Mick Mulvaney speaks during a news conference after his first day as acting director of the Consumer Financial Protection Bureau in Washington on   Nov. 27. (Jacquelyn Martin/AP)

The Consumer Financial Protection Bureau said on Tuesday that it will reconsider a wide-ranging rule targeting the billions of dollars in fees collected by payday lenders offering high-cost, short-term loans.

The move would be the most stark example yet of the direction the Trump administration plans to take the agency after appointing one of the its longtime critics, Mick Mulvaney, to temporarily take over leadership. During President Barack Obama’s administration, the CFPB spent years working on rules to radically reshape the payday lending industry by requiring firms to verify that borrowers could afford the loan and capping the number of times someone could borrow money. The rules were likely to “restrict” the industry’s revenue by two-thirds, largely by limiting repeat loans, the CFPB said when it finalized the rules last year.

Many Republicans and the payday lenders complained the rule would cripple the industry and didn’t take into consideration the needs of consumers who use and like the service. “The bureau’s rule was crafted on a predetermined, partisan agenda that failed to demonstrate consumer harm from small-dollar loans, ignored unbiased research and data, and relied on flawed information to support its rulemaking,” Dennis Shaul, chief executive of the Community Financial Services Association of America, the primary industry group for payday lenders, said in a statement.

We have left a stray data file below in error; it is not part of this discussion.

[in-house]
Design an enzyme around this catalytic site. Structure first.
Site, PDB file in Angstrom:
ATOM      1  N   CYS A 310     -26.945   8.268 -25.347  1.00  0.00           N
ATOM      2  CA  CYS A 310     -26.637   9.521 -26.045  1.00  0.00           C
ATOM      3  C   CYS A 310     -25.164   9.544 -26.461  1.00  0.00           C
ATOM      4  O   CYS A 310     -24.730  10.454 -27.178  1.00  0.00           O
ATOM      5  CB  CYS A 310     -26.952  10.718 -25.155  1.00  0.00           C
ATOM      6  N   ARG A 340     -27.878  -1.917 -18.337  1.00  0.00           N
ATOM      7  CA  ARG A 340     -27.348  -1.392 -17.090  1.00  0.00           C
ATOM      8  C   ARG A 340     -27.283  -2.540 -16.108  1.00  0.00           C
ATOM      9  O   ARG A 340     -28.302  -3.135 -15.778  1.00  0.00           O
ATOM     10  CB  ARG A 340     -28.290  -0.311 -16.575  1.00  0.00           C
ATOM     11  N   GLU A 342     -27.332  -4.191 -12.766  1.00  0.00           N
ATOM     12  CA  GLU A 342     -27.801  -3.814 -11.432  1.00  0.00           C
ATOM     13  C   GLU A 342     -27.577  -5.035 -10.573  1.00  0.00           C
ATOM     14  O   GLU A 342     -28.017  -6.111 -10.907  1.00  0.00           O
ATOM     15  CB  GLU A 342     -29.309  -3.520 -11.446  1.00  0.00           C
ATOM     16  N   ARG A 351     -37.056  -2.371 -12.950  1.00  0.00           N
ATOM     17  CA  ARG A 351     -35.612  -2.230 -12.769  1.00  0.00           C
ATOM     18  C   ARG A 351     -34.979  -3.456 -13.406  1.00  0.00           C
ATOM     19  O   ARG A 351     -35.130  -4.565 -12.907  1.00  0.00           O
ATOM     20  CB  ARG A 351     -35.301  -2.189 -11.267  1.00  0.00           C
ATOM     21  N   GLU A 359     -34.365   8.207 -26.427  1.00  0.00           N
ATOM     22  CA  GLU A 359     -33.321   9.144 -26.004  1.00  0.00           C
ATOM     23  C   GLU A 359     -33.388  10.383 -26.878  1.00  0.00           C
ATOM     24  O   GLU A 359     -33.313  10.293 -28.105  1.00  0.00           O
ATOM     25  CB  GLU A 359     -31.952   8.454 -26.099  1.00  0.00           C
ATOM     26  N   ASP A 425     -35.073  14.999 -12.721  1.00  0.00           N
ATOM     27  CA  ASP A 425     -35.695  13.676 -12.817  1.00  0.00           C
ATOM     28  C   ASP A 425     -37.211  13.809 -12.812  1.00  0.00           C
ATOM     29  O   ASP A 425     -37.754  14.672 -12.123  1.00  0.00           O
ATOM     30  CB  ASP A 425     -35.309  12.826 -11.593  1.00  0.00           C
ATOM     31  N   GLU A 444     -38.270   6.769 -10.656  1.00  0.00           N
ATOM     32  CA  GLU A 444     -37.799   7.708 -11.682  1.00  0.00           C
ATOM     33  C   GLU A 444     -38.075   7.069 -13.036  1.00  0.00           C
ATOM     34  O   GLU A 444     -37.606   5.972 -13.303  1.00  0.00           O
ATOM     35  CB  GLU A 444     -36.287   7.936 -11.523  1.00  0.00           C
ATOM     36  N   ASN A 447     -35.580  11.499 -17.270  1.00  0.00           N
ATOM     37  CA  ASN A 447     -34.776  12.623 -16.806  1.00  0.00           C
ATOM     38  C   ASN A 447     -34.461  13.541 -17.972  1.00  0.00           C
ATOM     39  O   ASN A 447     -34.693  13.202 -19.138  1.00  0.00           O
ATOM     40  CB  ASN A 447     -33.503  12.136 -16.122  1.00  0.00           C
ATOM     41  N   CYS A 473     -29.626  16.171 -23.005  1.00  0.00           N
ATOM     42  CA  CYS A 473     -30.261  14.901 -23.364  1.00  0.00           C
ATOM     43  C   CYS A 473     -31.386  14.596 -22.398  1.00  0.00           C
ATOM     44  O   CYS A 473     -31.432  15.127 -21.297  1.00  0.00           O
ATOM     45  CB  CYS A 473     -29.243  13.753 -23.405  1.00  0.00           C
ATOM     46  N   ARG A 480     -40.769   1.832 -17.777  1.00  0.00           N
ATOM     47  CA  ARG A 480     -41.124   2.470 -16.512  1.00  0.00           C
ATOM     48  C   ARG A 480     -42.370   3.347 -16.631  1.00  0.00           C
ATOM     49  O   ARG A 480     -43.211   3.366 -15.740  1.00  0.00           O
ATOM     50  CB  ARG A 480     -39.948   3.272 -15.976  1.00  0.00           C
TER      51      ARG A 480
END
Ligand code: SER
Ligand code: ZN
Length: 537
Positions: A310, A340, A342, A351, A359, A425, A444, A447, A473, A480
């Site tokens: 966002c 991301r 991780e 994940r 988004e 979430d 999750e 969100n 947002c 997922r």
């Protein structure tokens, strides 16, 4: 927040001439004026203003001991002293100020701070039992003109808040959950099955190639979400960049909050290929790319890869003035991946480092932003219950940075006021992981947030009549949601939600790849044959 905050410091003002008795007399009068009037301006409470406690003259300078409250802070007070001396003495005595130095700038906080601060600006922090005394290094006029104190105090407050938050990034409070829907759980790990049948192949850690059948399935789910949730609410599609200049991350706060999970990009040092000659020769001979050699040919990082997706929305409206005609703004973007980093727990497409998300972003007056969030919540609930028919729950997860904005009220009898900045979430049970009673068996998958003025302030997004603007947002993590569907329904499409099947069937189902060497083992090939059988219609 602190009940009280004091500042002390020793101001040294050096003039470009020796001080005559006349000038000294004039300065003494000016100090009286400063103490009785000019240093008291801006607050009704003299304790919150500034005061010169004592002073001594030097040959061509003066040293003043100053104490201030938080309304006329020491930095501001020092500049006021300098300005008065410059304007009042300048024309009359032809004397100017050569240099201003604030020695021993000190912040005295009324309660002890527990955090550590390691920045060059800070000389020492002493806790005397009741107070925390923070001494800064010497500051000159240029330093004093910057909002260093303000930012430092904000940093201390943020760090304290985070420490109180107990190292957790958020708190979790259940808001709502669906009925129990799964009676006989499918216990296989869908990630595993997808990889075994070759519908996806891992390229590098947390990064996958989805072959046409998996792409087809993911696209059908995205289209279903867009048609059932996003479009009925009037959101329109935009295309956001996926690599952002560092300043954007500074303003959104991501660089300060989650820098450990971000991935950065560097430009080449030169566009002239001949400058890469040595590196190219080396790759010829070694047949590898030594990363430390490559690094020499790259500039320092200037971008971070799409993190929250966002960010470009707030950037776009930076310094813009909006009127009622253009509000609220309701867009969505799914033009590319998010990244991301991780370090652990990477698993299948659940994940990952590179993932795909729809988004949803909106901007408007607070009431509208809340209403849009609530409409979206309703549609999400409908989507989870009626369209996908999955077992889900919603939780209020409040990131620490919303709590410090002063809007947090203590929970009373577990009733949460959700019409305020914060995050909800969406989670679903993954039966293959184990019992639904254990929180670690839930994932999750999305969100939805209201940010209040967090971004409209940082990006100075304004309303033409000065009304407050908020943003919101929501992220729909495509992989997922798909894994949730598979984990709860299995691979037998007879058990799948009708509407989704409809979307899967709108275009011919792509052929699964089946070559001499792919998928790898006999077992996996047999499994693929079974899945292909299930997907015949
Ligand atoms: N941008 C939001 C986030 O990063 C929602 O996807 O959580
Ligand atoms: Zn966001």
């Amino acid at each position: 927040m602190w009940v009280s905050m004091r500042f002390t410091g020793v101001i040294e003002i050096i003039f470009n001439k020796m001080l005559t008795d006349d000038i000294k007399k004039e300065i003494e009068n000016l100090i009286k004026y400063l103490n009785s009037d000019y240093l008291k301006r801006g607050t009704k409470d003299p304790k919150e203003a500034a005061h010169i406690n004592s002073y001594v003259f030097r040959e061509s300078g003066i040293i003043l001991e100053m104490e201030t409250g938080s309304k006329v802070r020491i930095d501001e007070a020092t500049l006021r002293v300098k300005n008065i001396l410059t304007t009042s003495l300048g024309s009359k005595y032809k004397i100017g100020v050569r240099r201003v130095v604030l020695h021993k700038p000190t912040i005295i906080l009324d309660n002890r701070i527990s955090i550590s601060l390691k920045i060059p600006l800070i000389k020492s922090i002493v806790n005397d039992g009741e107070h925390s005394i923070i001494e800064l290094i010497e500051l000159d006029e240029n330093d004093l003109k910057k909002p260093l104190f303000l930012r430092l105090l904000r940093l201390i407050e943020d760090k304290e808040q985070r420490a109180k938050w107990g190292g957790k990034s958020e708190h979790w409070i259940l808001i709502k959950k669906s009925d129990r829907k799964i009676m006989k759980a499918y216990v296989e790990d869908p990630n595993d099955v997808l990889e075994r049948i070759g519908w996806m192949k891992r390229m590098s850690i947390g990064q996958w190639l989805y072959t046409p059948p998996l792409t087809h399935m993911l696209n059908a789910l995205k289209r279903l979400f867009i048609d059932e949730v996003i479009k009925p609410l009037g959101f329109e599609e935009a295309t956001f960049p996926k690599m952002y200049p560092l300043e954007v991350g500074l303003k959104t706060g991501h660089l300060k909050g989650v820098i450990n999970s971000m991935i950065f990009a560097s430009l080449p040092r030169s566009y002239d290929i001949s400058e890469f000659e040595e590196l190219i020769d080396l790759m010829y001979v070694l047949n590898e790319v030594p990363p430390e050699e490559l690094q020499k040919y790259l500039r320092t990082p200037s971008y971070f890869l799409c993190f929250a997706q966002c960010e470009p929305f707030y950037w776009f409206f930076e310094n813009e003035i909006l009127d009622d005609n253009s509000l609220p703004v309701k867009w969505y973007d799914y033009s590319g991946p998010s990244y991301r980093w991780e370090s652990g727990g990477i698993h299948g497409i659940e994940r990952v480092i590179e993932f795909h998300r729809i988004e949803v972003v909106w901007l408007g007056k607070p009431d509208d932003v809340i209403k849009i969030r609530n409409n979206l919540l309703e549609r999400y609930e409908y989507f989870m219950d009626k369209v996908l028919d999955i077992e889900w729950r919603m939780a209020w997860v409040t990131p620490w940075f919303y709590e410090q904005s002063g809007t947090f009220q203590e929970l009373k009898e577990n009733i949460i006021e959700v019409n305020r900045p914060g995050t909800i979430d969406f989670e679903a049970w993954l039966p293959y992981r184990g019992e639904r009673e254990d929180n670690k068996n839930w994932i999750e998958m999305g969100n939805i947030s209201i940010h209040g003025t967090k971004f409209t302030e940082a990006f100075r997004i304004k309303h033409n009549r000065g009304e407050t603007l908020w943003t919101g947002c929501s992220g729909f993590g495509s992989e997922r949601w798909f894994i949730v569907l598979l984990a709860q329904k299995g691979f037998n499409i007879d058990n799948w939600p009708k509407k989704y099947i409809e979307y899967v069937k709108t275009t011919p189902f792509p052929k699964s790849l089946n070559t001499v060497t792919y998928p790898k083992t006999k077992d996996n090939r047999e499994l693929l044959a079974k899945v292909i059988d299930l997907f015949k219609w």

In its statement, the CFPB did not explain its decision or indicate how it could potentially change the rule. “The bureau intends to engage in a rulemaking process so that the bureau may reconsider the payday rule,” the statement said. Noting that parts of the rule went into effect Tuesday, the CFPB also said it would “entertain waiver requests” from payday lenders.

Democrats and consumer advocates quickly denounced the announcement. “There is no reason to delay implementation of this rule — unless you are more concerned with the needs of payday lenders than you are with the interests of the consumers these financial bottom-feeders prey upon,” said Karl Frisch, executive director of Allied Progress.

The CFPB has been at the center of a partisan battle for control since its former director, Richard Cordray, announced he was stepping down in late November. Cordray named his former chief of staff, Leandra English as acting director, while Trump picked White House budget director Mulvaney. English is now suing to have Mulvaney thrown out of the job.

“Today’s announcement is a big deal and could become a terrible deal for consumers,” said Rebecca Borné, senior policy counsel at the Center for Responsible Lending. “The human devastation caused by payday loans, which average nearly 400 percent APR, has been extensively documented.”